Shrimps and maple syrup salad: the recipe

The book of Francois Chartier, “Taste buds and molecules”, presents a few “molecular” pairings between maple syrup and other foods. One of the most rated is with meat or fish. In this case, Chartier doesn’t precise which aromatic molecules* the two have in common with the syrup. I simply believe that the pairing meat/fish+maple syrup works well because the sugars, during the cooking process, react with the amino acids of the meat/fish. That is better known as the Maillard’s reaction that produces those compounds responsible for the typical taste of roasts or grilled food.

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Maple and walnuts brittles: the recipe

In past, maple syrup was obtained by boiling the maple water collected from the trees. The process allows the evaporation of water and the concentration of sugars. During the boiling the sugars caramelize and reacts with the amino acids present in the maple water, which gives the syrup the typical amber color.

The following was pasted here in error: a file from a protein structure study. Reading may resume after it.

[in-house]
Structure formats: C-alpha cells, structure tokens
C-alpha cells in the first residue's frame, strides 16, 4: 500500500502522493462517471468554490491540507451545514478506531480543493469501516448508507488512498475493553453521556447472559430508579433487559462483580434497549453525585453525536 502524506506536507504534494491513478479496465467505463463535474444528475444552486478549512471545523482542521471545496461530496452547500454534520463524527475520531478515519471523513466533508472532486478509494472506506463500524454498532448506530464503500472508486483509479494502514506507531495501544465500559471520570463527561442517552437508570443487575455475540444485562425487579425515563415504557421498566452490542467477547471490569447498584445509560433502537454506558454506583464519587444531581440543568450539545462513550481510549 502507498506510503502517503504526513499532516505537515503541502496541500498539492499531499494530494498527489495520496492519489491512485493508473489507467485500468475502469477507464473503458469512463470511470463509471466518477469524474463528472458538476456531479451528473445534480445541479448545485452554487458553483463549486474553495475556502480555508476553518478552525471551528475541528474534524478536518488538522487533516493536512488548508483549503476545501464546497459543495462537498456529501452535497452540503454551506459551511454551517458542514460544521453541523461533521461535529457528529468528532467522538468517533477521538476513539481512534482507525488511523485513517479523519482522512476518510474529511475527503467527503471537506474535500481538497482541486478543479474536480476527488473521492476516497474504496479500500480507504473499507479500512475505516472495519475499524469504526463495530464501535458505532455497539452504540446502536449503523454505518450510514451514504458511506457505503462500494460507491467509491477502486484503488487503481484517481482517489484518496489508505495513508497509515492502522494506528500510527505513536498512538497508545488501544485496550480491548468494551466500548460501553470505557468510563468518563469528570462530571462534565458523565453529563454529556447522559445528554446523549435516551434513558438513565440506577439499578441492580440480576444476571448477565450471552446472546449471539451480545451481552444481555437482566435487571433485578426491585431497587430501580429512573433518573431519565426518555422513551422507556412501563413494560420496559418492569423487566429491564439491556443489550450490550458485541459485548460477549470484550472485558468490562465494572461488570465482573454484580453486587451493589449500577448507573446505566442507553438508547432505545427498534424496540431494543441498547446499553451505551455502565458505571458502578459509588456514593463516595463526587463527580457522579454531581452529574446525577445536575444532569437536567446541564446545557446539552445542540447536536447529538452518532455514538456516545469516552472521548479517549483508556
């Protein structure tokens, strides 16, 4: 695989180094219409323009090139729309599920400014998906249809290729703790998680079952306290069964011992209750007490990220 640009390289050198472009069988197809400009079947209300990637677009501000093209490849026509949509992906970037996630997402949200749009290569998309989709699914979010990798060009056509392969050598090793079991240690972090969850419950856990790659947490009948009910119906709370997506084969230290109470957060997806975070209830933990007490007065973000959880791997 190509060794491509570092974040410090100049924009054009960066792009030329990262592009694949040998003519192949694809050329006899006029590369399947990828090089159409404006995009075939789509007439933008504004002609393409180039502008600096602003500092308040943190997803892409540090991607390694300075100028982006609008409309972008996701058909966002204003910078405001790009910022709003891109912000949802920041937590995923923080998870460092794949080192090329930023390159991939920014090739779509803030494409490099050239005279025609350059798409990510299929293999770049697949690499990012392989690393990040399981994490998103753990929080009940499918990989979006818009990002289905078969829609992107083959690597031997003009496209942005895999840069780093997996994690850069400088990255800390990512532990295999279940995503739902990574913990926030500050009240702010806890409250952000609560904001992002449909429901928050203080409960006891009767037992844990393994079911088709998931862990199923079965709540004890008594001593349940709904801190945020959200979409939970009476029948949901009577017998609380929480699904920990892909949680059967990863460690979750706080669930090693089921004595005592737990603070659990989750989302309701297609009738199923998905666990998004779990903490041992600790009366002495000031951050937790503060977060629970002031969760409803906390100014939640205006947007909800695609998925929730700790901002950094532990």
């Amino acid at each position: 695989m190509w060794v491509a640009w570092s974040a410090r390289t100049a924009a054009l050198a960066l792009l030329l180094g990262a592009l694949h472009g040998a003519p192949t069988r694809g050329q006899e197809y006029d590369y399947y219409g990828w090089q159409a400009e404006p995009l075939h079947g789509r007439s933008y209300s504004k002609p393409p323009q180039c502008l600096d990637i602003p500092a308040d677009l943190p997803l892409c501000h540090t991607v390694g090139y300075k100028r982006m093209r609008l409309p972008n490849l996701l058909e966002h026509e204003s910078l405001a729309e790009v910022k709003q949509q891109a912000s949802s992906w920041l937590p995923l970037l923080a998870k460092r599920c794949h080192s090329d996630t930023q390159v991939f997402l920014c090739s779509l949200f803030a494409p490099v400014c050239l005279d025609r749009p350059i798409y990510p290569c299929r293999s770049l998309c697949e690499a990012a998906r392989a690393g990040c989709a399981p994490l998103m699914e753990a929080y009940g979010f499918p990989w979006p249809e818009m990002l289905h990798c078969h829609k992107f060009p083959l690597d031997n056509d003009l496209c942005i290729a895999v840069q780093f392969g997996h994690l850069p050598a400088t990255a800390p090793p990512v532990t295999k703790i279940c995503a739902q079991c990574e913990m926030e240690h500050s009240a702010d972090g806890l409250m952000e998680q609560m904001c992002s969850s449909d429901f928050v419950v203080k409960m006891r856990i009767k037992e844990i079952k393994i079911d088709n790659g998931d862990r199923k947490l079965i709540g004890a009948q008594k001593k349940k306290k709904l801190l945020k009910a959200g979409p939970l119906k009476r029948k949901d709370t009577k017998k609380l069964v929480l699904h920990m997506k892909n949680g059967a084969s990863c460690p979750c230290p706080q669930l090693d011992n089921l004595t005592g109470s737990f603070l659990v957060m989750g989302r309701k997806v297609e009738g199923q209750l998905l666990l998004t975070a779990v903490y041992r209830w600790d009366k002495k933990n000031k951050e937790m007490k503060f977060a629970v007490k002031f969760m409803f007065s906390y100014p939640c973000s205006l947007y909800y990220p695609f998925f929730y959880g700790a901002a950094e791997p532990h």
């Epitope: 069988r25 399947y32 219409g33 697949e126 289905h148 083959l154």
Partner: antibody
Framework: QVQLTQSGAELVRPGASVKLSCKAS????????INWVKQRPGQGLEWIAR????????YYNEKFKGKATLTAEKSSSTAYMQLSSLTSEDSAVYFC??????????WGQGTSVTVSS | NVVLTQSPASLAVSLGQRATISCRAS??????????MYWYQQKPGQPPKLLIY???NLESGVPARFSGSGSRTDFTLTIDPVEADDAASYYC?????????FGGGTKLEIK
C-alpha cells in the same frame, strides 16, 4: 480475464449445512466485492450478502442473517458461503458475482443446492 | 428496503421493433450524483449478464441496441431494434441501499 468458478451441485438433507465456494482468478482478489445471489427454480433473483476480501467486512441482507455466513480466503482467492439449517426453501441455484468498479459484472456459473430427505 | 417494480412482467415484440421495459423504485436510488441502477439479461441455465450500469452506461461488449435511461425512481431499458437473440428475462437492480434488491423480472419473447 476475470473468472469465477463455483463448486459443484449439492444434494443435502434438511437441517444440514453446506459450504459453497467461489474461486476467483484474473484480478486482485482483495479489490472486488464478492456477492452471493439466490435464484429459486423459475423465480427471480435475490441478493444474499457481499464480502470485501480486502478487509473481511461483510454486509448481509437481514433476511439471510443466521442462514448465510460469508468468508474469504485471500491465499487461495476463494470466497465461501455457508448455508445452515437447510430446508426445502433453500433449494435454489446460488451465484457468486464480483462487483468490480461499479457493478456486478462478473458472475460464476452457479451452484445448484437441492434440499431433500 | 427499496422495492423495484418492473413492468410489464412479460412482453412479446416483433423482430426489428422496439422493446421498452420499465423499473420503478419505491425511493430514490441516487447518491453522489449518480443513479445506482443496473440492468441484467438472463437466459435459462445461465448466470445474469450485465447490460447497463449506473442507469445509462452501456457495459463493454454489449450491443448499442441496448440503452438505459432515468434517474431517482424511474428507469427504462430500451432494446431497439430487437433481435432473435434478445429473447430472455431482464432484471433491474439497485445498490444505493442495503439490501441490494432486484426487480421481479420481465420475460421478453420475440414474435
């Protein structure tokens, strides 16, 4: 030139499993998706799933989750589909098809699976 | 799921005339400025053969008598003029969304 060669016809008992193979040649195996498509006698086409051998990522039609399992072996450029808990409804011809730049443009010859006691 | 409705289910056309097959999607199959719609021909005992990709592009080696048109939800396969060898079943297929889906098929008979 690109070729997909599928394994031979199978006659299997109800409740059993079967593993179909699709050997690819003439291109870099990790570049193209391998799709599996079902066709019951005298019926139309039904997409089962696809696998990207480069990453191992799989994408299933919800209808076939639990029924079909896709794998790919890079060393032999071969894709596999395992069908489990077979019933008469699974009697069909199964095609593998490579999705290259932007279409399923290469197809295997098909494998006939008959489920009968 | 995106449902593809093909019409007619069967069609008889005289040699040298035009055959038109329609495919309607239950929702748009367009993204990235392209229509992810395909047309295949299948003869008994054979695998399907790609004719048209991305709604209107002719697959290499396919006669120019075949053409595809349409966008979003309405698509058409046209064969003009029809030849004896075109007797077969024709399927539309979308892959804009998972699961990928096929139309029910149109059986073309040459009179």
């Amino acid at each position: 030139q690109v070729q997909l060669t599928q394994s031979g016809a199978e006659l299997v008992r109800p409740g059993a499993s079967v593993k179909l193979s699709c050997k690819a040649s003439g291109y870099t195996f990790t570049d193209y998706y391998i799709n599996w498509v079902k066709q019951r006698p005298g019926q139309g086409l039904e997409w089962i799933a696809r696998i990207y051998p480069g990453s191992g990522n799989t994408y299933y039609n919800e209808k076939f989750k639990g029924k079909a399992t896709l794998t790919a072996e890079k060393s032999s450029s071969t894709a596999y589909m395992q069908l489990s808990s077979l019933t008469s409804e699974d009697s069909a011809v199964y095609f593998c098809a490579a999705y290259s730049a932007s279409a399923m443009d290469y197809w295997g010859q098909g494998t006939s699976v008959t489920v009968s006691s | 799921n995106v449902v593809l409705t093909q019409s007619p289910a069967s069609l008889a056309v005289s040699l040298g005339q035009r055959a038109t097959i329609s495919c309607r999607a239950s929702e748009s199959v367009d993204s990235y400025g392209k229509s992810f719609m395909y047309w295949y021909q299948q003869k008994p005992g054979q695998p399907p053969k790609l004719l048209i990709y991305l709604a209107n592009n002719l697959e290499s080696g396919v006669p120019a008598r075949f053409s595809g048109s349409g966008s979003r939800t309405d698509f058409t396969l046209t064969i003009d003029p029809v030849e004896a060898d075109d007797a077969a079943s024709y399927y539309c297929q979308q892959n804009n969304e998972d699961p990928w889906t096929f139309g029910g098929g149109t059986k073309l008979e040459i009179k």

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Gelo di mango: the recipe (finally :))

As I wrote about one year ago, pectin is an excellent jellying agent. Pectins are extracted from fruit (usually, from some citrus’ zest) and they allow preparing jams very quickly, without boiling the fruit for hours and hours. By increasing the concentration of pectins, it is also possible to make fruit pastes and jello, all vegan, of course :)

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Benefits of soy milk in cooking

After having employed soy milk with great success and satisfaction, I felt I had to give some highlights on the advantages on using it in the kitchen. I must admit that soy milk never blew me away. The thing that disturbed me the most was that floury aftertaste that stays, not matter what, in any recipe where it takes part. Honestly, between cow milk and soy beverage, the first one wins, no doubts. Anyway, I found that soy milk is a valid ally in vegan recipes and not just as a substitute for cow milk, but also as an emulsifier and a jellying agents.

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